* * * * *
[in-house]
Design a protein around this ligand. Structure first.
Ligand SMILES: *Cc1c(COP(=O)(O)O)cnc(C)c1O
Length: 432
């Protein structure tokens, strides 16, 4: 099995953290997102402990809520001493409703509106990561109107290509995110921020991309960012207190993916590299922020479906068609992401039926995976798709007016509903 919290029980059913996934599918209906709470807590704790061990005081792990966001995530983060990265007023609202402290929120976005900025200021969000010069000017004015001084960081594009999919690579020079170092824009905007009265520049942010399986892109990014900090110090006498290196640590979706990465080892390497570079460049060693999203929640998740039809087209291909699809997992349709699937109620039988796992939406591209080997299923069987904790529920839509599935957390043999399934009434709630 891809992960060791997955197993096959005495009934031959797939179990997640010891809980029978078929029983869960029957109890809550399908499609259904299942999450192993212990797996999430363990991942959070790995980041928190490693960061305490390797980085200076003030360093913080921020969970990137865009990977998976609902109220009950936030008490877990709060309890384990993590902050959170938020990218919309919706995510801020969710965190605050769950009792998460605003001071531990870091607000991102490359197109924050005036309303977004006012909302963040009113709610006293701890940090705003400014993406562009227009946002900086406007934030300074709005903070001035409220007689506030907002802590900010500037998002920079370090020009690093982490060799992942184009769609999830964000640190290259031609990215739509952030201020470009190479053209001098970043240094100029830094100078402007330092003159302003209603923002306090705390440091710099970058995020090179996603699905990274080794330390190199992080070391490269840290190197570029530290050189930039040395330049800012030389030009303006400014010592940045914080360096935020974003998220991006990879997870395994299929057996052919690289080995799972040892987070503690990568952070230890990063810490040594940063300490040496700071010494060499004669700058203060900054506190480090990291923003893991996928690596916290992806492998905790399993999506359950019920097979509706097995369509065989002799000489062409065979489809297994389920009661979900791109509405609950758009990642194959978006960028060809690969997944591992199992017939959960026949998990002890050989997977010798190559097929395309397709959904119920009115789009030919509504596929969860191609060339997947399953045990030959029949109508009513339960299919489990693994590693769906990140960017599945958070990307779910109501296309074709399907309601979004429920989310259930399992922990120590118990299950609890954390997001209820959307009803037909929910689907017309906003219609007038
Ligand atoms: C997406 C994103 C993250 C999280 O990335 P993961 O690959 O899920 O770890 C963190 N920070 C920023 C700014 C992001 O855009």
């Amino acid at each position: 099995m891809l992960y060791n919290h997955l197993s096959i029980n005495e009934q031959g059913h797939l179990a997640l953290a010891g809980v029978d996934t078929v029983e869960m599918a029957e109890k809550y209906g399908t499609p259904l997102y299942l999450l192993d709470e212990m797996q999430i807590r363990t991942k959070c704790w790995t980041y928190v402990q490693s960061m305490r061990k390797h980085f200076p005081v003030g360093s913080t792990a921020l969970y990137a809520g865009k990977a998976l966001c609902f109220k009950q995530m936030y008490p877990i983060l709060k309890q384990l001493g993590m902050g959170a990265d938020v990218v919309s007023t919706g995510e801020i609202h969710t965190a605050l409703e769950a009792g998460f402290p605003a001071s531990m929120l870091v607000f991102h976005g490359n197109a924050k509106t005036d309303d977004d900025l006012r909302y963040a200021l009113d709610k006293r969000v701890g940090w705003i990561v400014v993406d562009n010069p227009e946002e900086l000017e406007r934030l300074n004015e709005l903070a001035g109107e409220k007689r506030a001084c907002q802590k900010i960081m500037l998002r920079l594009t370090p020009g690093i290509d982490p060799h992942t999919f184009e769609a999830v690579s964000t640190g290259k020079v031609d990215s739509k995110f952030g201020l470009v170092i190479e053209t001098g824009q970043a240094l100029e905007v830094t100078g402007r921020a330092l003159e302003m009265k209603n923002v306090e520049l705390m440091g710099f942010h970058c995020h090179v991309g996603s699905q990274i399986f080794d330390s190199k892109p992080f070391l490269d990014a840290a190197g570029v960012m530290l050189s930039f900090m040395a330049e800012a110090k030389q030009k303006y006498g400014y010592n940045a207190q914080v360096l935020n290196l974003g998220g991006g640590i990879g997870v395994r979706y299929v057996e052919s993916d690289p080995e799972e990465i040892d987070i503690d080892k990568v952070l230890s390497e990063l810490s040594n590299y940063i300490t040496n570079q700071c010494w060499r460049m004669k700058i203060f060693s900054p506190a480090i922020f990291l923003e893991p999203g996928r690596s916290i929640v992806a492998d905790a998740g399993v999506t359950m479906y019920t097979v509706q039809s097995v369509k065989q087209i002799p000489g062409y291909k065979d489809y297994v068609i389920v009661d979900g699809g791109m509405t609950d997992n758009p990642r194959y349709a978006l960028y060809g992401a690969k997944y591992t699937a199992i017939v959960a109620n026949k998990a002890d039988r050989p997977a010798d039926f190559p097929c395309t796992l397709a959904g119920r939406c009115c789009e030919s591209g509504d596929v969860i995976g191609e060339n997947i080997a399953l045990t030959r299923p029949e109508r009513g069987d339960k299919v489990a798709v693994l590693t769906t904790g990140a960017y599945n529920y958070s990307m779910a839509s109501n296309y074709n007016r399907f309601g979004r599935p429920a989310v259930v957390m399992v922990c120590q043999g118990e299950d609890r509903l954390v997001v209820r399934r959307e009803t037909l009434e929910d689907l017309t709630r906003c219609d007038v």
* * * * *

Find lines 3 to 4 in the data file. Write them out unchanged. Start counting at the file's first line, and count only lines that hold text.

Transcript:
Ligand SMILES: *Cc1c(COP(=O)(O)O)cnc(C)c1O
Length: 432